Faith, trust and pixie dust
It feels pretty good to be Owen Suskind right about now. Words straight from the mouth of the star of Life, Animated, a documentary by Academy Award-winning director Roger Ross Williams. It follows the story of Owen Suskind and his family, and is based on his father Ron’s best-selling book of the same name. Owen is autistic, and the film examines the challenges and triumphs that came along with his diagnosis, and how he and his family learned to communicate together with the help of Disney animated films.
Just before Owen turned three years old he fell silent; up until then, he had been a chatty and engaged child. A diagnosis of autism came soon after. In the years that followed, Owen did not speak, and his family were at a loss as to how engage him, and gain back the communication they once had. Owen had only one thing he really seemed to enjoy doing: watching Disney films. He watched old classics like Aladdin, The Little Mermaid and Peter Pan over and over again, stopping to rewind and re-watch certain parts many times. Repetitive and rigid behaviours are a core feature of autism, and we see this take form in Owen as he repeatedly watched the Disney films over and over again, intensely focusing on the language in particular.
These repetitive and rigid behaviours can often be seen as debilitating. But intimate knowledge of these films lead to a breakthrough of communication between Owen and Ron, using the same language and stories. We see Ron recreate how he used a puppet of Iago, the parrot from Aladdin, to speak with Owen for the first time in years. It is an illuminating moment: Ron has found a way to connect with his son again. Ron is now an advocate of encouraging autistic children to engage with their passions, and for parents to use them to find a way to connect with their child. Ron and his wife Cornelia call this ‘affinity therapy’.
As Owen grew older, he used the themes of the films to help understand incidents in his own life. We see him going through school, forging and breaking relationships, and becoming increasingly independent, all viewed through the prism of Disney stories. He has rote-memorised hundreds, if not thousands, of lines from his favourite films. On the day he moves into supported housing, Owen insists on watching Dumbo packing his trunk before he himself will pack: and on his first night away from his parents in his new apartment, he watches the scene where Bambi’s mother is killed, and Bambi must face the world alone. His passion for these films also leads to him running his own well-received Disney fan club.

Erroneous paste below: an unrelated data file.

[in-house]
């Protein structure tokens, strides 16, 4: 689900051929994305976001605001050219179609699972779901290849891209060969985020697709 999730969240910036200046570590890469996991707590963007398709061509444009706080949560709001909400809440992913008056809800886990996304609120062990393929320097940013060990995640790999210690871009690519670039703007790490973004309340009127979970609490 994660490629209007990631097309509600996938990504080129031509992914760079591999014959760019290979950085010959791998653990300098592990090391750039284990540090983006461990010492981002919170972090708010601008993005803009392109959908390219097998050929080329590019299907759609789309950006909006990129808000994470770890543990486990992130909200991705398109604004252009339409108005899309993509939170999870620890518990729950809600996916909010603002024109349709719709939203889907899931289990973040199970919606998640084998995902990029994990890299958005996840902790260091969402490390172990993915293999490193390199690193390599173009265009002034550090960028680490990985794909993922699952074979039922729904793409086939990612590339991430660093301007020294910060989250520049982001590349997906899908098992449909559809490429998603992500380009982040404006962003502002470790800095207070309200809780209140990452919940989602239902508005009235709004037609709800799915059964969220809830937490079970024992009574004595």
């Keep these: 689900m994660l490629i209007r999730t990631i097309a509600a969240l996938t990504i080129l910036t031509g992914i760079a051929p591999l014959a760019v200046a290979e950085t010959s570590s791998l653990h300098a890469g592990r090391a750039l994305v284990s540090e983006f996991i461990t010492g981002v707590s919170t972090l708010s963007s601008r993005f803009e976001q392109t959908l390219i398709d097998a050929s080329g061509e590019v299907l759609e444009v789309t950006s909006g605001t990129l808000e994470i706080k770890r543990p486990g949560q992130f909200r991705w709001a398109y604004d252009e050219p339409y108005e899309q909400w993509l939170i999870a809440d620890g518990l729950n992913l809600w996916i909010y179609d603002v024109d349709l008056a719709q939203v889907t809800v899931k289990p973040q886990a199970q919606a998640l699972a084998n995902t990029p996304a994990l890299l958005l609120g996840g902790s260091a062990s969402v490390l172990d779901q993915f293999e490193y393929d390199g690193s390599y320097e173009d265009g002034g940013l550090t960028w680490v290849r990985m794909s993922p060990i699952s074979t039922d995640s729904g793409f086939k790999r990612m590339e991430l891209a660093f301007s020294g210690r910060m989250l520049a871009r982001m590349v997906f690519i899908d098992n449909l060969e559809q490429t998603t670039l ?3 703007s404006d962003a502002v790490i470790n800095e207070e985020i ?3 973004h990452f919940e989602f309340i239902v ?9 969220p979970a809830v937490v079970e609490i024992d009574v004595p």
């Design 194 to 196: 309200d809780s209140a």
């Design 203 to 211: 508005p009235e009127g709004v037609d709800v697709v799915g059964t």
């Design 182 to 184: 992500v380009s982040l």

The goal of director Roger Ross Williams was to create a film that got inside Owen’s mind, and show us how Owen experiences the world. One of the techniques employed was filming Owen using an Interrotron camera, a camera behind a screen that display images or videos. This meant that Roger captured Owen’s expressions directly to camera, whilst Owen watched his favourite films. It is wonderful for viewers to see directly Owen’s sheer delight as he interacts with his favourite Disney films, laughing along and imitating lines perfectly in time and in character.
Another technique used are animations of Owen as a wide-eyed young boy, interacting with other characters. These animations not only illustrate parts of Owen’s story, but the soundscape that is presented with them also gives us a glimpse into the sensory world of autism. There are garbled conversations where words are difficult to pick out, and the familiar sounds of day-to-day life become amplified and jumbled until it is mess of overwhelming sounds. These help illustrate the disorientating and distressing sensory overload that can sometimes occur in autism.
Life, Animated is a fantastic documentary, now nominated for an Academy Award, which covers the trials and tribulations of growing up. It is an uplifting look at one young man’s journey, with a central message that we should let people - autistic or not - be who they want to be, not what you want them to be. As Owen’s mother Cornelia succinctly puts it: who gets to decide what a meaningful life is?
- Reviewed by Ellie Buckley, who is a PhD student at the Centre for Research in Autism and Education (CRAE) at UCL.
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